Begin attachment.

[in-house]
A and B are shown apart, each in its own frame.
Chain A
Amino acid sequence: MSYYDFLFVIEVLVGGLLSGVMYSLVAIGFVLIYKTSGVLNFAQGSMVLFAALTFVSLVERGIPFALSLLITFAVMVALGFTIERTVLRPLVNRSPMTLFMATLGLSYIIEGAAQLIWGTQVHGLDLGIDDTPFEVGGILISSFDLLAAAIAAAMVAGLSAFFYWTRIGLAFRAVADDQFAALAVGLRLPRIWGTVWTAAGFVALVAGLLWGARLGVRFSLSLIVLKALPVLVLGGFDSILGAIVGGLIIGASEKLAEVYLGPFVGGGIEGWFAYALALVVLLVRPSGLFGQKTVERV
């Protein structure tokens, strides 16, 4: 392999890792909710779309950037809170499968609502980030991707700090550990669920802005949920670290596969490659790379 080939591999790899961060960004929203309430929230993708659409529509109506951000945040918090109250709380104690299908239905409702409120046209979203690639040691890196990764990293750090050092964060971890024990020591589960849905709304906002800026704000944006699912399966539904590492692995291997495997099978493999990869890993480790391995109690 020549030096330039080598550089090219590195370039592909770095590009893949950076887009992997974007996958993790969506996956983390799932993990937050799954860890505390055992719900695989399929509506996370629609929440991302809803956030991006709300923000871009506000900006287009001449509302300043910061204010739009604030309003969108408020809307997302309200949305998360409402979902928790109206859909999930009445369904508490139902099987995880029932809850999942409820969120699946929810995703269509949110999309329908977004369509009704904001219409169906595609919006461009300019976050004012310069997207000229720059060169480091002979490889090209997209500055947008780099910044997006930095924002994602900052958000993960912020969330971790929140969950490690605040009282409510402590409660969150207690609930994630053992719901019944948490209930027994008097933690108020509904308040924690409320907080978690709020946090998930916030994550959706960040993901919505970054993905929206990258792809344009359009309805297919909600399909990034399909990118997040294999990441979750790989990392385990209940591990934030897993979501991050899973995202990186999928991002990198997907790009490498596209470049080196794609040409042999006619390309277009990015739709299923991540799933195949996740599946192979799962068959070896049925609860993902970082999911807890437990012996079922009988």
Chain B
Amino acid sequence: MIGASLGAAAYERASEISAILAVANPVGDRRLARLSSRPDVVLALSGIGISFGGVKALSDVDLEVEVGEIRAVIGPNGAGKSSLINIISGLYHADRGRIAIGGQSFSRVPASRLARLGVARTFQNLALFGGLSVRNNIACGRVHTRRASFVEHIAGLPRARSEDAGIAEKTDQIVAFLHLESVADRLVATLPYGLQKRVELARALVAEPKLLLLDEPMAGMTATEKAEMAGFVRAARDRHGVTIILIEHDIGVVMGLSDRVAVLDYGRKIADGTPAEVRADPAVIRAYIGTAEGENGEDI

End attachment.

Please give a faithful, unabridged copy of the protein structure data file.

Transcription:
[in-house]
A and B are shown apart, each in its own frame.
Chain A
Amino acid sequence: MSYYDFLFVIEVLVGGLLSGVMYSLVAIGFVLIYKTSGVLNFAQGSMVLFAALTFVSLVERGIPFALSLLITFAVMVALGFTIERTVLRPLVNRSPMTLFMATLGLSYIIEGAAQLIWGTQVHGLDLGIDDTPFEVGGILISSFDLLAAAIAAAMVAGLSAFFYWTRIGLAFRAVADDQFAALAVGLRLPRIWGTVWTAAGFVALVAGLLWGARLGVRFSLSLIVLKALPVLVLGGFDSILGAIVGGLIIGASEKLAEVYLGPFVGGGIEGWFAYALALVVLLVRPSGLFGQKTVERV
């Protein structure tokens, strides 16, 4: 392999890792909710779309950037809170499968609502980030991707700090550990669920802005949920670290596969490659790379 080939591999790899961060960004929203309430929230993708659409529509109506951000945040918090109250709380104690299908239905409702409120046209979203690639040691890196990764990293750090050092964060971890024990020591589960849905709304906002800026704000944006699912399966539904590492692995291997495997099978493999990869890993480790391995109690 020549030096330039080598550089090219590195370039592909770095590009893949950076887009992997974007996958993790969506996956983390799932993990937050799954860890505390055992719900695989399929509506996370629609929440991302809803956030991006709300923000871009506000900006287009001449509302300043910061204010739009604030309003969108408020809307997302309200949305998360409402979902928790109206859909999930009445369904508490139902099987995880029932809850999942409820969120699946929810995703269509949110999309329908977004369509009704904001219409169906595609919006461009300019976050004012310069997207000229720059060169480091002979490889090209997209500055947008780099910044997006930095924002994602900052958000993960912020969330971790929140969950490690605040009282409510402590409660969150207690609930994630053992719901019944948490209930027994008097933690108020509904308040924690409320907080978690709020946090998930916030994550959706960040993901919505970054993905929206990258792809344009359009309805297919909600399909990034399909990118997040294999990441979750790989990392385990209940591990934030897993979501991050899973995202990186999928991002990198997907790009490498596209470049080196794609040409042999006619390309277009990015739709299923991540799933195949996740599946192979799962068959070896049925609860993902970082999911807890437990012996079922009988």
Chain B
Amino acid sequence: MIGASLGAAAYERASEISAILAVANPVGDRRLARLSSRPDVVLALSGIGISFGGVKALSDVDLEVEVGEIRAVIGPNGAGKSSLINIISGLYHADRGRIAIGGQSFSRVPASRLARLGVARTFQNLALFGGLSVRNNIACGRVHTRRASFVEHIAGLPRARSEDAGIAEKTDQIVAFLHLESVADRLVATLPYGLQKRVELARALVAEPKLLLLDEPMAGMTATEKAEMAGFVRAARDRHGVTIILIEHDIGVVMGLSDRVAVLDYGRKIADGTPAEVRADPAVIRAYIGTAEGENGEDI